Top of the league clubs: Derby County, Wrexham, Tranmere Rovers, Egham Town; all have been named as examples of excellence in making their clubs truly welcoming of disabled supporters. You will note that none of these clubs are in the Premier League. In Sept 2015 the Premier League promised to make all clubs accessible to disabled people. The House of Commons Select Committee on Culture Media and Sport report published today states that it’s “very clear” that sports clubs, notably many of those with very considerable income and resources, have not done anywhere near enough for sports fans with disabilities in recent years, despite the increase in income many of those clubs have enjoyed.” Given the examples above I would say it is clearly a question of will rather than resources and Greg Clarke of the Football Association agrees, telling the committee “that for the Premier League the problem was not money”. Football is our national sport, beloved by so many of us, and it needs to rediscover its moral compass. If not on its own then with some help. Both the commons committee and the Minister for Sport have said they would support legal action against clubs that miss the August deadline and Bill Bush, executive director at the Premier League spoke of fines of up to £25,000. I would urge both the Premier League and the Equality and Human Rights Commission to use all means at their disposal to ensure that disabled supporters are no longer treated as second class citizens when they want to support their football team.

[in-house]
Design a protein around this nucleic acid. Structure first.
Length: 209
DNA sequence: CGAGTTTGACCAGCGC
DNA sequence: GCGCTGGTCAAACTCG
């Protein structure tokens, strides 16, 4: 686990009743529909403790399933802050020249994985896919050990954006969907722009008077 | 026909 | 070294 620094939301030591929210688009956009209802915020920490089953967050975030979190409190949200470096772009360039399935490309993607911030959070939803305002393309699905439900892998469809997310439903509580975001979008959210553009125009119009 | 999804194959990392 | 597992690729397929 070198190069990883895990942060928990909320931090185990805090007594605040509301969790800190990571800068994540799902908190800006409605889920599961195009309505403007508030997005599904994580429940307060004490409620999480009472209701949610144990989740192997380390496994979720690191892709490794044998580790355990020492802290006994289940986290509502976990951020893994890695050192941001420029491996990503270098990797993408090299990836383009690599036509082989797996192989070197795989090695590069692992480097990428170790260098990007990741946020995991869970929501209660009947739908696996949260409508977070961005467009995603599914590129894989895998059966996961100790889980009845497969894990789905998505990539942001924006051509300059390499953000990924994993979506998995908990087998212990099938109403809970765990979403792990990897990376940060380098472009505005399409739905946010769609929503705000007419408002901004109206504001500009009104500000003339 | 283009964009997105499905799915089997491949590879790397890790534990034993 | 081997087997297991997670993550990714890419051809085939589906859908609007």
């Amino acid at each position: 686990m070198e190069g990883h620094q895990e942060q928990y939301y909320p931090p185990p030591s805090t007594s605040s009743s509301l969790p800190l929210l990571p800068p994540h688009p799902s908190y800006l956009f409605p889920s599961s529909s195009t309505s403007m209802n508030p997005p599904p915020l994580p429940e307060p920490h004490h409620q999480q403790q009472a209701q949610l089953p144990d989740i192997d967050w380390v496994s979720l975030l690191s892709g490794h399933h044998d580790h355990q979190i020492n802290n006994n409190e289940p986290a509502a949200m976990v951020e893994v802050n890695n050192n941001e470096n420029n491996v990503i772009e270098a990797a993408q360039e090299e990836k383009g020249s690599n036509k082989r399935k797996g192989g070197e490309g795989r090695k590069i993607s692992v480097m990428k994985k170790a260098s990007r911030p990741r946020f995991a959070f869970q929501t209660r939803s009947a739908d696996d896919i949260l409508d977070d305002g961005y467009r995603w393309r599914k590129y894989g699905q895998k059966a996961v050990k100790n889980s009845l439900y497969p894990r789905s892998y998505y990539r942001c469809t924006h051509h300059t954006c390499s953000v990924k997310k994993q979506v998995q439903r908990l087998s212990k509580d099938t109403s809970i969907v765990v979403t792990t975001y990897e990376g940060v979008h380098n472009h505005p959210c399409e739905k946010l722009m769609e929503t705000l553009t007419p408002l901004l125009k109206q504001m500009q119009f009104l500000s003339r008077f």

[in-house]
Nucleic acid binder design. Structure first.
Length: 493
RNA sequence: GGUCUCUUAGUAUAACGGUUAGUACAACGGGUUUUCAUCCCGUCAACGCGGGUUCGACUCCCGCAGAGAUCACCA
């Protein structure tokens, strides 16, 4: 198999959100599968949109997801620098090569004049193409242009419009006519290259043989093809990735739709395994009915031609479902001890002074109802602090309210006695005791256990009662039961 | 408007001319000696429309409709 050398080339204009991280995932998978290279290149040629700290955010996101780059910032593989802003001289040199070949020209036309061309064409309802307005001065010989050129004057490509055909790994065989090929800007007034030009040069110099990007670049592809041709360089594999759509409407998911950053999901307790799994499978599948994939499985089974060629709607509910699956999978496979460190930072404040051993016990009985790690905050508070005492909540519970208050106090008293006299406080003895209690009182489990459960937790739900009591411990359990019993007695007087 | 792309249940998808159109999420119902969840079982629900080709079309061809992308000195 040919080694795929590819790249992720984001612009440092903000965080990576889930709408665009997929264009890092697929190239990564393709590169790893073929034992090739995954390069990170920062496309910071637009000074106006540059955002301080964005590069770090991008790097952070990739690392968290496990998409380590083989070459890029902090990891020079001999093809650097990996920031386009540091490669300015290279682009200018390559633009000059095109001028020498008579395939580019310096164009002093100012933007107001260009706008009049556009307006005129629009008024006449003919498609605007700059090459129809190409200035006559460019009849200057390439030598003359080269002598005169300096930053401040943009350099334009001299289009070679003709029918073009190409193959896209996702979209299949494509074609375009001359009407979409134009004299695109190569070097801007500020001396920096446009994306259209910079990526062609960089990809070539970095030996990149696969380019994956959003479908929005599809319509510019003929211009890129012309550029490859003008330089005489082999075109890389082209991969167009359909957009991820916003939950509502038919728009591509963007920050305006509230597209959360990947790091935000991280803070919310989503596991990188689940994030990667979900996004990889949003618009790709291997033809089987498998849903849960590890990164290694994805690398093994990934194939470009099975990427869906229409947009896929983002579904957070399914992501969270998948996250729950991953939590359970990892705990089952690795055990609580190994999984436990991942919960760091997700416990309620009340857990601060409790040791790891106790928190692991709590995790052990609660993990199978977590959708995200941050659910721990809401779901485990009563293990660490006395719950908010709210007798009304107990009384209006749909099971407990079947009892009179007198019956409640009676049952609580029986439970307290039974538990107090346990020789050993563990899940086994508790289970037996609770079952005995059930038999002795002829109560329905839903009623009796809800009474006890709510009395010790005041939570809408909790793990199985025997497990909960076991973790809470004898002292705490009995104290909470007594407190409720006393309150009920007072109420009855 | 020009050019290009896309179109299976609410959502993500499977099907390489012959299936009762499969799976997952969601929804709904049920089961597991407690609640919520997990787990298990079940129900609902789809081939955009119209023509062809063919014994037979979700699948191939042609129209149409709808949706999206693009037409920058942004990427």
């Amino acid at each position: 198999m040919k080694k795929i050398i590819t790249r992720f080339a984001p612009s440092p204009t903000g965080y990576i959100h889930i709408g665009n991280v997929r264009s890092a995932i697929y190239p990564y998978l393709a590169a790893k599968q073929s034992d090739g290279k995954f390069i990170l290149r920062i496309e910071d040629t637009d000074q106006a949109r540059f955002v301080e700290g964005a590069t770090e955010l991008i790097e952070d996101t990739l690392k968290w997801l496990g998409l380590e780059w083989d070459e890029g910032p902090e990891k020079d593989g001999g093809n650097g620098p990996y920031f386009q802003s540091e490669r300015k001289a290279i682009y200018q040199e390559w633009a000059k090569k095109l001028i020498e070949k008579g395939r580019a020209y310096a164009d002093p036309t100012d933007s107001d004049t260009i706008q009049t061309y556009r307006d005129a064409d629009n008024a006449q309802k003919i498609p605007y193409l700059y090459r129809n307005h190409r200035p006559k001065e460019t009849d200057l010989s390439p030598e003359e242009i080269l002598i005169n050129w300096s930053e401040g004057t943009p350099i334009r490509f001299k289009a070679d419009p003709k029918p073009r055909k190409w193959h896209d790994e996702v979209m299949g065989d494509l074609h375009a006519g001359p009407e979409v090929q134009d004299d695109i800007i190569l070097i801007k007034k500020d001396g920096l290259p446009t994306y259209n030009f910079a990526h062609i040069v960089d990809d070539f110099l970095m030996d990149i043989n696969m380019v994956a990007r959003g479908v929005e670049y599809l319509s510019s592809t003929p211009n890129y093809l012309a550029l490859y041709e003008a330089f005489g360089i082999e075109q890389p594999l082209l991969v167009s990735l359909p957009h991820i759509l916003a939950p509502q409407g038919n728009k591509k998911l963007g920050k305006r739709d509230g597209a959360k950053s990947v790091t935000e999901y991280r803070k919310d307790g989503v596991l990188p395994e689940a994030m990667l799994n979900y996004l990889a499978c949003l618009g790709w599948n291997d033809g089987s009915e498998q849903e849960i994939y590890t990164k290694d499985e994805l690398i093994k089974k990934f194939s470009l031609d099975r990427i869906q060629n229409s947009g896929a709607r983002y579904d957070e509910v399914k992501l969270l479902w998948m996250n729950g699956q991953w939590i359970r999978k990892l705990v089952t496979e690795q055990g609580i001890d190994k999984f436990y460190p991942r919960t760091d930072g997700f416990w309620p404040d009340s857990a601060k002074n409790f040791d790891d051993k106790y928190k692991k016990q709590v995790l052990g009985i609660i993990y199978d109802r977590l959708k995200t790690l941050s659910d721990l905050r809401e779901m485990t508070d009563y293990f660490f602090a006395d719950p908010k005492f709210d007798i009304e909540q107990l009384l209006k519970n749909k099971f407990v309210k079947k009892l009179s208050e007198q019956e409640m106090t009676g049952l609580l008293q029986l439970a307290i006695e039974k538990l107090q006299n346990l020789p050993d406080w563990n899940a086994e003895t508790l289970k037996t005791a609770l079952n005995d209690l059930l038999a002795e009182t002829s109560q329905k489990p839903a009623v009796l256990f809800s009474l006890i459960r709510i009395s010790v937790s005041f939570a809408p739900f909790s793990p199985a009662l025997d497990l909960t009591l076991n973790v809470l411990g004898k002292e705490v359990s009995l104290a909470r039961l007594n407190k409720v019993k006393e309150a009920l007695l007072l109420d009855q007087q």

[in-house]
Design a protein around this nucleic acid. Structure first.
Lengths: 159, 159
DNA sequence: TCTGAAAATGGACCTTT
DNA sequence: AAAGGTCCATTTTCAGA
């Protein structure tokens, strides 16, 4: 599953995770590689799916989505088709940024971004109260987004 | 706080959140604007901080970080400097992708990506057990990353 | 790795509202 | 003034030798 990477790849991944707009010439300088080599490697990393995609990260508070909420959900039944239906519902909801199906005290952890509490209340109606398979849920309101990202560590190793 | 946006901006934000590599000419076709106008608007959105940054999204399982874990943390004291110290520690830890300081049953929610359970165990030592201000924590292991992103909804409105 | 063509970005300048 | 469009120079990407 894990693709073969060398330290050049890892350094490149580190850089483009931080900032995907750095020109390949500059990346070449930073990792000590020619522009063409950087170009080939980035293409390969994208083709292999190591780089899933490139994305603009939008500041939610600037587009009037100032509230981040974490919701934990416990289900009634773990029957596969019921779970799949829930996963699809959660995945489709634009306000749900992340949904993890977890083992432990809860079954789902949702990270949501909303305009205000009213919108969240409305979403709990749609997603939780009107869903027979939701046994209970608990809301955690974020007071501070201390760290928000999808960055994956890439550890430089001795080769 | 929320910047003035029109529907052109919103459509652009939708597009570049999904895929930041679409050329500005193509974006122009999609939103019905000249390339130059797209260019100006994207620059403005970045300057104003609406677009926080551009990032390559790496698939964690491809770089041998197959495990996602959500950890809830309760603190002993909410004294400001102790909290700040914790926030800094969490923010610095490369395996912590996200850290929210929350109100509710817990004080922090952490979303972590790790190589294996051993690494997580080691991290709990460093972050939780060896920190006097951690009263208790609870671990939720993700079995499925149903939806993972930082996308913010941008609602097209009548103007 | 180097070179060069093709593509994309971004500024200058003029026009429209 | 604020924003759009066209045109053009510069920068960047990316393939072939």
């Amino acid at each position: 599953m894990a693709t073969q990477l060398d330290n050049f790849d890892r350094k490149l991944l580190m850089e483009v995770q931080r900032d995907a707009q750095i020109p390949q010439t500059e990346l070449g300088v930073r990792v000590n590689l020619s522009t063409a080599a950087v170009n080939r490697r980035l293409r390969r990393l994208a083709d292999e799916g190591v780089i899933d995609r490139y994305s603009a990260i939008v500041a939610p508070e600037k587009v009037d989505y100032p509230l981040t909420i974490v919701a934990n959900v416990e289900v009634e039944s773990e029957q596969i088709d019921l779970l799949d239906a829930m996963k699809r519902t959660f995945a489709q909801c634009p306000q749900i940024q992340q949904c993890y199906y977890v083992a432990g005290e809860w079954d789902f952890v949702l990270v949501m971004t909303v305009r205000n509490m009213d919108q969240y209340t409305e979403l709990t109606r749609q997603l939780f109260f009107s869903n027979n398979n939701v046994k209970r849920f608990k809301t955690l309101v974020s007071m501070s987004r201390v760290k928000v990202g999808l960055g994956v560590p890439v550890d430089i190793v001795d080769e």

Chris’s letter to the Times: Football’s Failure
Watch Channel 4’s report: Are football stadia no go for disabled?
BBC Sport: Disabled access: Premier League clubs may face sanctions over lack of improvement
Just over two weeks before the Rio Paralympics began I wrote in The Times that “the Rio 2016 organising committee in Brazil has given a flagrant two-finger salute to the Paralympics. The Games will, sadly, be remembered for abject failure — save for the sensational performances of the athletes, no doubt, who will be forced to compete in adversity with venues closed and service levels slashed.” Was my prediction correct?
On air with Libby Clegg and Clare Balding
Presenting a medal to Oliver Hynd MBE
In Channel 4 studio
Presenting a medal to Ellie Simmonds